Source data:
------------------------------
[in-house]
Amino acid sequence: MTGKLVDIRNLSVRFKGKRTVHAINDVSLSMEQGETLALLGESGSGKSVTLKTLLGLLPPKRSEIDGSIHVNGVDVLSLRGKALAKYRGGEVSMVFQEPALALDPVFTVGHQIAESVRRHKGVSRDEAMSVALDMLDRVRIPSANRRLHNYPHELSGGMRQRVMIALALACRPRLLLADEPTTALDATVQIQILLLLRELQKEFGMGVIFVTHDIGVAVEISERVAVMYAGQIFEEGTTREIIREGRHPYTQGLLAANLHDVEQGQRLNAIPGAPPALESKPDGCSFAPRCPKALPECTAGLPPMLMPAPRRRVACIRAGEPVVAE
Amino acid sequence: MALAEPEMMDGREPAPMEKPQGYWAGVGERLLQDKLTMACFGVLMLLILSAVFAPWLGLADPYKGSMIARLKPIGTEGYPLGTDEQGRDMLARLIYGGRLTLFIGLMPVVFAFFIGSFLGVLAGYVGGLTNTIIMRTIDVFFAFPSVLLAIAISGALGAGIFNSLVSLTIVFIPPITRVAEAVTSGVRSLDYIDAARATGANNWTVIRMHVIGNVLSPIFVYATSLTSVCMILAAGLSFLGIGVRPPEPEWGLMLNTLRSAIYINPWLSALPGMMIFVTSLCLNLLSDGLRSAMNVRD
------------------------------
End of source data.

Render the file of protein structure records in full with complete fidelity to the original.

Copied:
[in-house]
Amino acid sequence: MTGKLVDIRNLSVRFKGKRTVHAINDVSLSMEQGETLALLGESGSGKSVTLKTLLGLLPPKRSEIDGSIHVNGVDVLSLRGKALAKYRGGEVSMVFQEPALALDPVFTVGHQIAESVRRHKGVSRDEAMSVALDMLDRVRIPSANRRLHNYPHELSGGMRQRVMIALALACRPRLLLADEPTTALDATVQIQILLLLRELQKEFGMGVIFVTHDIGVAVEISERVAVMYAGQIFEEGTTREIIREGRHPYTQGLLAANLHDVEQGQRLNAIPGAPPALESKPDGCSFAPRCPKALPECTAGLPPMLMPAPRRRVACIRAGEPVVAE
Amino acid sequence: MALAEPEMMDGREPAPMEKPQGYWAGVGERLLQDKLTMACFGVLMLLILSAVFAPWLGLADPYKGSMIARLKPIGTEGYPLGTDEQGRDMLARLIYGGRLTLFIGLMPVVFAFFIGSFLGVLAGYVGGLTNTIIMRTIDVFFAFPSVLLAIAISGALGAGIFNSLVSLTIVFIPPITRVAEAVTSGVRSLDYIDAARATGANNWTVIRMHVIGNVLSPIFVYATSLTSVCMILAAGLSFLGIGVRPPEPEWGLMLNTLRSAIYINPWLSALPGMMIFVTSLCLNLLSDGLRSAMNVRD